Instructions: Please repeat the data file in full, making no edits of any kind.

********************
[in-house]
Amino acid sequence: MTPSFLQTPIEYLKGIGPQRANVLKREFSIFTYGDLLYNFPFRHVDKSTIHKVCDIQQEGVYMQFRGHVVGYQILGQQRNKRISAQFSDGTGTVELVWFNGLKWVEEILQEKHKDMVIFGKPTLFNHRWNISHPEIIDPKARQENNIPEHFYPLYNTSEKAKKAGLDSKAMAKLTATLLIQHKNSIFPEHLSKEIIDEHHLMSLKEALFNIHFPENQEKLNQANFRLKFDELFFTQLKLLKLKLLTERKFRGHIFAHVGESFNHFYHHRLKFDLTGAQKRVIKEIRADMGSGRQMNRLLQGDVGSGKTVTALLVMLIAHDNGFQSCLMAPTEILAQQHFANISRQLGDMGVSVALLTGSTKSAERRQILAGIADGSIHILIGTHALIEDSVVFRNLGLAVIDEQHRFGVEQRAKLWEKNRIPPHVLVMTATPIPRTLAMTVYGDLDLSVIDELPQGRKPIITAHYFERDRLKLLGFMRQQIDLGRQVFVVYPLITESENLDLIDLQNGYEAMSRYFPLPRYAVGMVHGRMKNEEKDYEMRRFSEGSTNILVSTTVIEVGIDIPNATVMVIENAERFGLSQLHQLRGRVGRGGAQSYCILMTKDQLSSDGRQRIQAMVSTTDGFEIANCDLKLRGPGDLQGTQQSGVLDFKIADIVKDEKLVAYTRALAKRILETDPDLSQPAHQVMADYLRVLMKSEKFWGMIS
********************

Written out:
[in-house]
Amino acid sequence: MTPSFLQTPIEYLKGIGPQRANVLKREFSIFTYGDLLYNFPFRHVDKSTIHKVCDIQQEGVYMQFRGHVVGYQILGQQRNKRISAQFSDGTGTVELVWFNGLKWVEEILQEKHKDMVIFGKPTLFNHRWNISHPEIIDPKARQENNIPEHFYPLYNTSEKAKKAGLDSKAMAKLTATLLIQHKNSIFPEHLSKEIIDEHHLMSLKEALFNIHFPENQEKLNQANFRLKFDELFFTQLKLLKLKLLTERKFRGHIFAHVGESFNHFYHHRLKFDLTGAQKRVIKEIRADMGSGRQMNRLLQGDVGSGKTVTALLVMLIAHDNGFQSCLMAPTEILAQQHFANISRQLGDMGVSVALLTGSTKSAERRQILAGIADGSIHILIGTHALIEDSVVFRNLGLAVIDEQHRFGVEQRAKLWEKNRIPPHVLVMTATPIPRTLAMTVYGDLDLSVIDELPQGRKPIITAHYFERDRLKLLGFMRQQIDLGRQVFVVYPLITESENLDLIDLQNGYEAMSRYFPLPRYAVGMVHGRMKNEEKDYEMRRFSEGSTNILVSTTVIEVGIDIPNATVMVIENAERFGLSQLHQLRGRVGRGGAQSYCILMTKDQLSSDGRQRIQAMVSTTDGFEIANCDLKLRGPGDLQGTQQSGVLDFKIADIVKDEKLVAYTRALAKRILETDPDLSQPAHQVMADYLRVLMKSEKFWGMIS